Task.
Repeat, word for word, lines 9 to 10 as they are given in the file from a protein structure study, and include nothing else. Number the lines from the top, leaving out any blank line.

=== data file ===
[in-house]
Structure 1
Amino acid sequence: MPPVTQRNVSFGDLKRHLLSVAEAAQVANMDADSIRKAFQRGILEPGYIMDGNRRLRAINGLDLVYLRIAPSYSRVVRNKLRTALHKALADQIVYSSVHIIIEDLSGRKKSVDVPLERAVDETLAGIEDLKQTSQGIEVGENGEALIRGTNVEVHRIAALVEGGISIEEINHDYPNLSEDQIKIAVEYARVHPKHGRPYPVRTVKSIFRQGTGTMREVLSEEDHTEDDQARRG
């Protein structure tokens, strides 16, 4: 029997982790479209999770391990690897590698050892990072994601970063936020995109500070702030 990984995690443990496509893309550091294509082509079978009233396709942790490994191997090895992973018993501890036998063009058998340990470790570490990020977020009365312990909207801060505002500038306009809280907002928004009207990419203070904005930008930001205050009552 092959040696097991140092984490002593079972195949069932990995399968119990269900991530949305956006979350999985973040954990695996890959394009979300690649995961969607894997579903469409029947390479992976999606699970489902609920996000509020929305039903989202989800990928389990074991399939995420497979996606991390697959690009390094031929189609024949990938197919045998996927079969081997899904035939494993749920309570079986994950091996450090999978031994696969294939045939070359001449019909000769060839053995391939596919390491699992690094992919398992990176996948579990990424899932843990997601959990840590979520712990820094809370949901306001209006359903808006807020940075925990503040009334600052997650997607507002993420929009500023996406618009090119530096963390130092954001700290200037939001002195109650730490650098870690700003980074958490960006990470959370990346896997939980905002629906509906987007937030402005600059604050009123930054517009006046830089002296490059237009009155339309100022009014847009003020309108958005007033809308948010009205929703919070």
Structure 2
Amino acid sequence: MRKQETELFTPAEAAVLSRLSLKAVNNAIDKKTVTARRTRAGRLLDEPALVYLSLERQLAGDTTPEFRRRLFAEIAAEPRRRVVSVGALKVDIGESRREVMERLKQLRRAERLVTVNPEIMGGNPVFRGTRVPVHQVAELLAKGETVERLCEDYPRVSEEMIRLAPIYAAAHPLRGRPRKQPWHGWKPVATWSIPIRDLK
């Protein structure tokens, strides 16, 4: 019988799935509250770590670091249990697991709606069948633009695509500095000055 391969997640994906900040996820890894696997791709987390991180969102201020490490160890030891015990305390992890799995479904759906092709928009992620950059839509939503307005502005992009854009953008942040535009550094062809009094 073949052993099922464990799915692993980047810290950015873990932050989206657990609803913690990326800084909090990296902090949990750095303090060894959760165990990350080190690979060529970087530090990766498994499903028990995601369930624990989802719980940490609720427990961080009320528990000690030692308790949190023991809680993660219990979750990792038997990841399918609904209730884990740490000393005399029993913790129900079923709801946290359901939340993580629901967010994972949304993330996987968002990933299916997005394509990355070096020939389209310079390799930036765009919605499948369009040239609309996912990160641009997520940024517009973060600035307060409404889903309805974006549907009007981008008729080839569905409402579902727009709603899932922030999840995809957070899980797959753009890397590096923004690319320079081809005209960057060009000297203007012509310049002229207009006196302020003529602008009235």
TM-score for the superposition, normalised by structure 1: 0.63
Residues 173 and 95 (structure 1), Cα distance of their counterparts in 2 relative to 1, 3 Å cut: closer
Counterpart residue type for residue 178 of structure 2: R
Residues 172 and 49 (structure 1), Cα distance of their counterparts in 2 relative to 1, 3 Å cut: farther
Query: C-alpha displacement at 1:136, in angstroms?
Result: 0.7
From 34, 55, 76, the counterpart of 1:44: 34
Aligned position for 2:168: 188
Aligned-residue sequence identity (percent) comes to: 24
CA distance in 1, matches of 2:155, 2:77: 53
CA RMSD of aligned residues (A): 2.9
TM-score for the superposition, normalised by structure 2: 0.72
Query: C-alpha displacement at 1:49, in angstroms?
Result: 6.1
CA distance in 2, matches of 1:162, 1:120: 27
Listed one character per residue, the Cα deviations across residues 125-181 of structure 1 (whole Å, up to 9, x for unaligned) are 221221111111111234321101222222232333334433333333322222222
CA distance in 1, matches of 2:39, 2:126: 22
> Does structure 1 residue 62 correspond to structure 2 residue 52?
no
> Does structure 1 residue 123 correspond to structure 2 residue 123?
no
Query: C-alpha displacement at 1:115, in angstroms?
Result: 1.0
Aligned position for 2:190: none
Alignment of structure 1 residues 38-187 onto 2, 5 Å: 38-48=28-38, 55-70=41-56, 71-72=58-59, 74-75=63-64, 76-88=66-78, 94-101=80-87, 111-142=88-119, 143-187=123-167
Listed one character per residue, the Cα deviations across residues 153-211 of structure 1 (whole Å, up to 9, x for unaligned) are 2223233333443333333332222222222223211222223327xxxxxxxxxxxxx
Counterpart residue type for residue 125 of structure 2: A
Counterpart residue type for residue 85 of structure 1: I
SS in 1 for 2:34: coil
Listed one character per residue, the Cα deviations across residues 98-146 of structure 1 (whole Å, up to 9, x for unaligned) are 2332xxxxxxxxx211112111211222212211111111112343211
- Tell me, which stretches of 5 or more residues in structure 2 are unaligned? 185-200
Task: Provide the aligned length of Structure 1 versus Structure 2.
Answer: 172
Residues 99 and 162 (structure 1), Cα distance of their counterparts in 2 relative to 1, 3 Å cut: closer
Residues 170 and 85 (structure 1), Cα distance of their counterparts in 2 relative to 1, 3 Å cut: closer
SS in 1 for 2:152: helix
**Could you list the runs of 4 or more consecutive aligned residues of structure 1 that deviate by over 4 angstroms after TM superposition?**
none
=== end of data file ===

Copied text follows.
Residues 173 and 95 (structure 1), Cα distance of their counterparts in 2 relative to 1, 3 Å cut: closer
Counterpart residue type for residue 178 of structure 2: R